Monday, December 5, 2011

Escape of the Rescape!

Well it's been a long time coming, one-and-a-third years to be exact, but my thesis software Rescape is finally finding its way online as a beta release. It works much better on the Macintosh at the moment, since I haven't had much of a testing environment for Windows, but you can try it on either system.

For Macintosh: I nice neat installer is available. Just download the OS X version at the top of the list, and run the installer. You'll need to install Google Sketchup 8 first if you don't yet have it installed.

For Windows: Click on the top-most file marked Windows and read the instructions. You'll need to install Google Sketchup 8 as well as RubyInstaller 1.8.7, which contains software libraries that Rescape needs (they come preinstalled on the Macintosh). Windows is really unstable right now (i.e. basically not working, but I'll be improving it this week.)

I'll keep pushing new builds so make sure to follow the link above and choose the latest version.

What is Rescape? It's a plugin to Google Sketchup that promotes pedestrian and transit-oriented redesign of public space, namely streets. It supplies tools for downloading street data onto a satellite image and then drawing 3D components on the street surfaces. People already do extensive urban design in Sketchup, but there are a lack of tools to help one quickly sketch out ideas. Rescape lets you throw down bike paths, streetcar tracks, and other surfaces on real streets to take the place of the standard asphalt and sidewalk configuration that is car-oriented. Here's a look at the Rescape interface:

Sketchup downloads the satellite images of your choice. Rescape fetches data from OpenStreetMap to actually draw the ways (streets, paths, railroads, etc.) on the satellite images, thus giving you a canvas to work on. You can edit the ways a bit to make corrections or expand public space, and then you can start laying out components on the streets. The Tool Shed on the right gives you a nice interface to select layout tools. Then it's simply a matter of clicking a couple points along the streets to create the 3D path. Above I created the flat grey surface, the streetcar track, and the cycle track (green) with a few clicks. The paths by default follow the street, but you can hold down a modifier key to make them ignore the street, as I did through the center of the rotary. The streetcars and houses are Sketchup components that you can lay along any way or other surface (such as the streetcar track.) You can pick one of thousands of components to lay out from the Sketchup 3D Warehouse online (e.g. the streetcar) or make your own (e.g. the house.) After you choose your path you specify how the spacing of the instances.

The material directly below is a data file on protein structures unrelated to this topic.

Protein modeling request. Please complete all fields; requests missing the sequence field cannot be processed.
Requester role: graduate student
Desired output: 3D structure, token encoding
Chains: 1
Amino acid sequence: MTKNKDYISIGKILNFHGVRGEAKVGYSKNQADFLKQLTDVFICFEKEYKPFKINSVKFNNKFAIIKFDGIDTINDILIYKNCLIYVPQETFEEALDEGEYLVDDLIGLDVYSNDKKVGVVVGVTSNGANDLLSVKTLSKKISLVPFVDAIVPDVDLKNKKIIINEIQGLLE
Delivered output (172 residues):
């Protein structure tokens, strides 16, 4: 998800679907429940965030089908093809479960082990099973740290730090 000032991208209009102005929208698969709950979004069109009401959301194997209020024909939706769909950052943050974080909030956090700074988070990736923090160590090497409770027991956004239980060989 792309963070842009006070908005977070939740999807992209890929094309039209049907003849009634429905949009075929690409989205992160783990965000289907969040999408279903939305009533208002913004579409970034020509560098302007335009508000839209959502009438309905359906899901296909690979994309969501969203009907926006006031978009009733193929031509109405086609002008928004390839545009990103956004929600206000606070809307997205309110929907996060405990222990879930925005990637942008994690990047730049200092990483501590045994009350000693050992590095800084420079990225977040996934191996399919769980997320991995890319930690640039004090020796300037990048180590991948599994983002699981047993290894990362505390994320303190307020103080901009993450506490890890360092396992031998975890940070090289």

There's nothing impressive about the drawing above, except that it was done without using a single Sketchup drawing tool. In the future it should be possible to sketch detailed neighborhood redesigns before needing to edit any of the components created by Rescape "by hand". The nice thing about Rescape is that when you exceed its capabilities you simply resort to using the Sketchup editing tools. For instance, I could add an incline to the grey surface or customize the houses to make them each slightly unique using basic Sketchup tools.

Rescape also comes with a guide that shows you how to use the software, and even adds elements to a tutorial model programatically. You can see the guide on the top-right of the image.

There are still a lot of problems with the software to be solved, and then hopefully features to add. But it's at least reached the point of being a fun piece of software to play with, and hopefully soon it will be stable and performant enough to be useful.

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